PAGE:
I attended the Willamette Writers Conference in Portland, OR this past weekend, and Authonomy was the new buzzword among aspiring novelists. I, myself, heard about it on Literary Agent Nathan Bransford’s popular blog.
First off, what is Authonomy? Well, it depends on who you talk to.
Harpercollins UK bills it as a way to “flush out the brightest, freshest new literature around.”
Those looking to win the game, i.e., get a review from HC either admit it’s a rat race that’s sucking all the time out of their writing days or they stay away from the forums while quickly and quietly moving up the ranks by critiquing and backing as many books as they can.
Those who are anxious for feedback on their WIPs and don’t wish to play the game usually find excellent advice and critiques from veterans of the site.
Because there is a loophole in the Authonomy algorithm (even if one’s book is less than stellar, a good spammer can rise to the top quickly by backing every book in sight), most veteran Authonomites don’t get in a tizz over the rules of the game. We understand Authonomy’s limitations and either choose to “game” or not. Having been a member of Authonomy since January 31, 2009, I have learned many tricks about how to make the most of the Autho-Community.
Here is my Ultimate Survivor’s Guide to Authonomy:
TO PLAY OR NOT TO PLAY?
Decide from the outset how you want to use Authonomy. Do you want to and can you invest the time to make it to the Editor’s Desk? It could require upwards of 500 critiques to make it that far. Sure, you can ask for read-swaps and comment on each one: “Loved it. Shelved!” But the recipient of such pointless praise may or may not back you and you won’t win too many friends among the community-at-large.
GAMING THE SYSTEM
Here’s the problem with this shot-gun approach. You miss a golden opportunity to receive some seriously good editing/critiquing from some seriously fine writers. If you are patient, you’ll get your book into stellar form before you make it to the Editor’s Desk. You’ll have a better chance of catching the attention of HC if your prose is clean, your hook is clear, and your language is stellar. Many Authonomites are at the top of their game in terms of storycrafting. Some are already published, and if they aren’t they should be. Learn what you can from them. I don’t say this lightly: Many of these members have written some of the finest fiction I have ever read.
THE DESK IS A LONELY PLACE
Here’s another problem with this approach. Since Authonomy’s inception, not one book that has made it to the Desk has been purchased by Harpercollins UK. However, three books that were nowhere near the top five have been picked up by HC for publication this year. In addition, various agents and some other publishers have browsed Authonomy and queried members for pages. So being in the ranking range of 6 to 500 is statistically more advantageous in actuality.
BUT Authonomites still need to be actively critiquing to remain in those slots. Also, bear in mind that once you make it to the Desk, your book drops out of the ranking and you drop out of the race. In one sense, it is a lonely place to be. Unless of course you’ve written book II…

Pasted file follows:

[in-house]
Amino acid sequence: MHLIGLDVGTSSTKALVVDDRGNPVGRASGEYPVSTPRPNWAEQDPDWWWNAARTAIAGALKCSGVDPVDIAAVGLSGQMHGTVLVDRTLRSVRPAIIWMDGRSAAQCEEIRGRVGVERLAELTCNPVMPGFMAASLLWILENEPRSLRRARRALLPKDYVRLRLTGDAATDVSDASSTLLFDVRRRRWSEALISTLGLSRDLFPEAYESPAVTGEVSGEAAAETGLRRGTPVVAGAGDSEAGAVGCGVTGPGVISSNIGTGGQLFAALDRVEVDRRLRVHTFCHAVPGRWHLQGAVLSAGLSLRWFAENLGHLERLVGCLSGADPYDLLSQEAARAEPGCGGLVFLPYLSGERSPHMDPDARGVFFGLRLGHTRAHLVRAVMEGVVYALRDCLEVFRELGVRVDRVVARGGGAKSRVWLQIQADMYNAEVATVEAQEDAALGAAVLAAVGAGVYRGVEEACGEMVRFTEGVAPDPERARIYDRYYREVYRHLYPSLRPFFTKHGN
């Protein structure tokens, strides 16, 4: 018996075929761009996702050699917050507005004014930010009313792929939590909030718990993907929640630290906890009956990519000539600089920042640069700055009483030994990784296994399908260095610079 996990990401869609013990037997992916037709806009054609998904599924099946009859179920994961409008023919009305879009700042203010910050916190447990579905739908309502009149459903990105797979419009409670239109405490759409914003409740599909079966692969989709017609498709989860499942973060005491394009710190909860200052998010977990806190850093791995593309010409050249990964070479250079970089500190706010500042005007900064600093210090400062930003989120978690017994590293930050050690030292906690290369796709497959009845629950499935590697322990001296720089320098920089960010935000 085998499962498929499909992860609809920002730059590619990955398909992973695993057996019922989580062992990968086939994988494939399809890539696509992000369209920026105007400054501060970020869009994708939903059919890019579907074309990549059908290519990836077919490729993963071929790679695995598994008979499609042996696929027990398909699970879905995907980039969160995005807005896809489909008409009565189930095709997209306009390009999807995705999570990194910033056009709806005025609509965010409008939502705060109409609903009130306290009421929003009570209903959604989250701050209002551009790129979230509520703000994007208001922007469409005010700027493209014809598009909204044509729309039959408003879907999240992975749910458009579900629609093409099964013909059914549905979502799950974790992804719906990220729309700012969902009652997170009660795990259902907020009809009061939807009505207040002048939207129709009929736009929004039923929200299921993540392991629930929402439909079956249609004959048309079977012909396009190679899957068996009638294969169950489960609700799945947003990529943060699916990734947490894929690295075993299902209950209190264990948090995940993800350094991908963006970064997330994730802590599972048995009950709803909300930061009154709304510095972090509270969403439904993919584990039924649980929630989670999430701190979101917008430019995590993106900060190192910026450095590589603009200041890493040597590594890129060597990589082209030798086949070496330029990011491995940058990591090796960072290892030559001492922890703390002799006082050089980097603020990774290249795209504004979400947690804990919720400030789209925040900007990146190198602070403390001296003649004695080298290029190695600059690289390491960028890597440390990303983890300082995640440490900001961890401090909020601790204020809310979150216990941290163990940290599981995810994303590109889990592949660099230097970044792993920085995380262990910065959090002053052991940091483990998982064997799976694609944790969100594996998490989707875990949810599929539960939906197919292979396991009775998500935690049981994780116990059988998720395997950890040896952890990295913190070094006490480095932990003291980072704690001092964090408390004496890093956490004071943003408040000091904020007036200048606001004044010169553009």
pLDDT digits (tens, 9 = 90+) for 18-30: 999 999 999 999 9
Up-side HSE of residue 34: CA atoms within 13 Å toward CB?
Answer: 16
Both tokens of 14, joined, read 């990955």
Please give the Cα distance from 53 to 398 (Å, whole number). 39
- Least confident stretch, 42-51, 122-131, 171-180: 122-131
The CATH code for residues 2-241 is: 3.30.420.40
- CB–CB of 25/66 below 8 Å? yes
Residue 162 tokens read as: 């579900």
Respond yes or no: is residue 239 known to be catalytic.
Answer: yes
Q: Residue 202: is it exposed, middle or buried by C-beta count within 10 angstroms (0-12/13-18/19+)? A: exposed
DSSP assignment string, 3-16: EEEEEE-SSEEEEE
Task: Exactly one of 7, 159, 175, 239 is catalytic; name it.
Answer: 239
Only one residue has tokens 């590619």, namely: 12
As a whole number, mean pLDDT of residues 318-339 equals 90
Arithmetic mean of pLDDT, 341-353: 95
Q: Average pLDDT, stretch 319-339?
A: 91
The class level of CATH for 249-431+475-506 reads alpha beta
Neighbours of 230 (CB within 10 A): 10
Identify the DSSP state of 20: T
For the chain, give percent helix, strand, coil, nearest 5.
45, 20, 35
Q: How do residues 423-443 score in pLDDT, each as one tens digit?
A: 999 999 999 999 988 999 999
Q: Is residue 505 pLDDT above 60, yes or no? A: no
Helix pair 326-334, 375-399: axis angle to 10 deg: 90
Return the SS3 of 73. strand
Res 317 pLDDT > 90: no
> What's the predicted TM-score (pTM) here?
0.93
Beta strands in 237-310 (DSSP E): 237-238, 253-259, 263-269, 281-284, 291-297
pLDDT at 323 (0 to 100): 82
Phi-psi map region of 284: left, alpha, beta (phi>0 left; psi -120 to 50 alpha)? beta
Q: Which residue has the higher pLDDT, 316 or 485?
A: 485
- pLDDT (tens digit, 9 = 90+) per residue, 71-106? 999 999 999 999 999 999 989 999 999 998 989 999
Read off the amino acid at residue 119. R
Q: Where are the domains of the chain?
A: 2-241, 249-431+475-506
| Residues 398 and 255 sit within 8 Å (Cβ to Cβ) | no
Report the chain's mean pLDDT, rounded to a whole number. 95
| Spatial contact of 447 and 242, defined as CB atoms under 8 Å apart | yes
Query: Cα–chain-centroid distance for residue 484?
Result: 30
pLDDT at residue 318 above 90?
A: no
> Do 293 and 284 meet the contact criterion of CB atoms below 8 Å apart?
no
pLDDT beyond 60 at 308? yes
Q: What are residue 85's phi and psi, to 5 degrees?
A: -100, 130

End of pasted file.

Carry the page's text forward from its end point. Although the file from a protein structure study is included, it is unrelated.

DO YOU WANNA CHAT?
Don’t forgo the forums in favor of steady critiquing. The forums are a strange beast. Here you can unwind, discuss craft, pick a fight, or be silly. There is always a drama going on in one forum thread or another. You can either steer clear or join in the fray, as you prefer. I personally enjoy chatting with a great group of friends who have both mentored and encouraged me in my journey, asking pointed questions about craft, and helping other Authonomites with their myriad questions about Authonomy, fiction writing, and editing/revising.
Use Authonomy to help you hone your book marketing skills. Authonomy is a microcosm of what your actual reader-base might look like out in the real world. The forums and message feeds are how Authonomites get the message out about their books to other members. You can either spam everybody (send out a non-personal message that essentially says, “Read my book!” to everyone you can find) or contact people individually with a personal message.
Here’s the problem with spamming. Many of Authonomy’s veterans and best critiquers don’t respond to spams (myself included). So you alienate writers who could potentially be some of your best mentors or advocates. If you take the time to get to know the people you message for read-swaps, you practice a skill that will carry over into your query letter writing. We all prefer personalized messages, including agents and editors. Which author would you be inclined to respond to?
1. “Wanna read-swap?”
2. “I saw your post in the forum about how to deepen characterization. You had some great ideas about that. I popped over to your page, and saw that your book is right up my alley. I love historcals, so I’ll watchlist it. If you have the time or the inkling, feel free to check out my offering. It’s a romance with a paranormal twist.”
There are so many more tips and tricks I can share, but if you are considering joining Authonomy and have more questions, feel free to post in the comments section and I’d be happy to give you my take on it. All in all, Authonomy is all these things: maddening, addicting, amazing, thought-provoking, and most importantly, worth it! Remember, you never know who’ll find you on there. It could be your next editor or agent.